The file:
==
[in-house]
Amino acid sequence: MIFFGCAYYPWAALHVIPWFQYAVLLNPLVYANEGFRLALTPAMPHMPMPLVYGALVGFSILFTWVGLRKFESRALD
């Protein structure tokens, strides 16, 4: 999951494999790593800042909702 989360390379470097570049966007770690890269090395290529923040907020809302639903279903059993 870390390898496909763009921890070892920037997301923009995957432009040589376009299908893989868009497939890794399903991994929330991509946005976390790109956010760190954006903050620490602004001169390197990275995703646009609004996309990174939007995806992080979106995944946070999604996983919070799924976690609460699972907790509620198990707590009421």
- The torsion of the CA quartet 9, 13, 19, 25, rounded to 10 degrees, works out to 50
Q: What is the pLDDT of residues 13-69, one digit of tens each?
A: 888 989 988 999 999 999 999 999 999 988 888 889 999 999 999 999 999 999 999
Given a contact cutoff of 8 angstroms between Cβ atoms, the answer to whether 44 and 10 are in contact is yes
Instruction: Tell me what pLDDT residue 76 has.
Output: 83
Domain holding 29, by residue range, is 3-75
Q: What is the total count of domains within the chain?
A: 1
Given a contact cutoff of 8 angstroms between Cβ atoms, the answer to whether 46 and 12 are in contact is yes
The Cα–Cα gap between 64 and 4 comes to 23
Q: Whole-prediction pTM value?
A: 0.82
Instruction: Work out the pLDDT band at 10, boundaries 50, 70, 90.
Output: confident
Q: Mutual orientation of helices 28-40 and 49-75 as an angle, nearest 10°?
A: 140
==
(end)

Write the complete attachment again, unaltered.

[in-house]
Amino acid sequence: MIFFGCAYYPWAALHVIPWFQYAVLLNPLVYANEGFRLALTPAMPHMPMPLVYGALVGFSILFTWVGLRKFESRALD
């Protein structure tokens, strides 16, 4: 999951494999790593800042909702 989360390379470097570049966007770690890269090395290529923040907020809302639903279903059993 870390390898496909763009921890070892920037997301923009995957432009040589376009299908893989868009497939890794399903991994929330991509946005976390790109956010760190954006903050620490602004001169390197990275995703646009609004996309990174939007995806992080979106995944946070999604996983919070799924976690609460699972907790509620198990707590009421």
- The torsion of the CA quartet 9, 13, 19, 25, rounded to 10 degrees, works out to 50
Q: What is the pLDDT of residues 13-69, one digit of tens each?
A: 888 989 988 999 999 999 999 999 999 988 888 889 999 999 999 999 999 999 999
Given a contact cutoff of 8 angstroms between Cβ atoms, the answer to whether 44 and 10 are in contact is yes
Instruction: Tell me what pLDDT residue 76 has.
Output: 83
Domain holding 29, by residue range, is 3-75
Q: What is the total count of domains within the chain?
A: 1
Given a contact cutoff of 8 angstroms between Cβ atoms, the answer to whether 46 and 12 are in contact is yes
The Cα–Cα gap between 64 and 4 comes to 23
Q: Whole-prediction pTM value?
A: 0.82
Instruction: Work out the pLDDT band at 10, boundaries 50, 70, 90.
Output: confident
Q: Mutual orientation of helices 28-40 and 49-75 as an angle, nearest 10°?
A: 140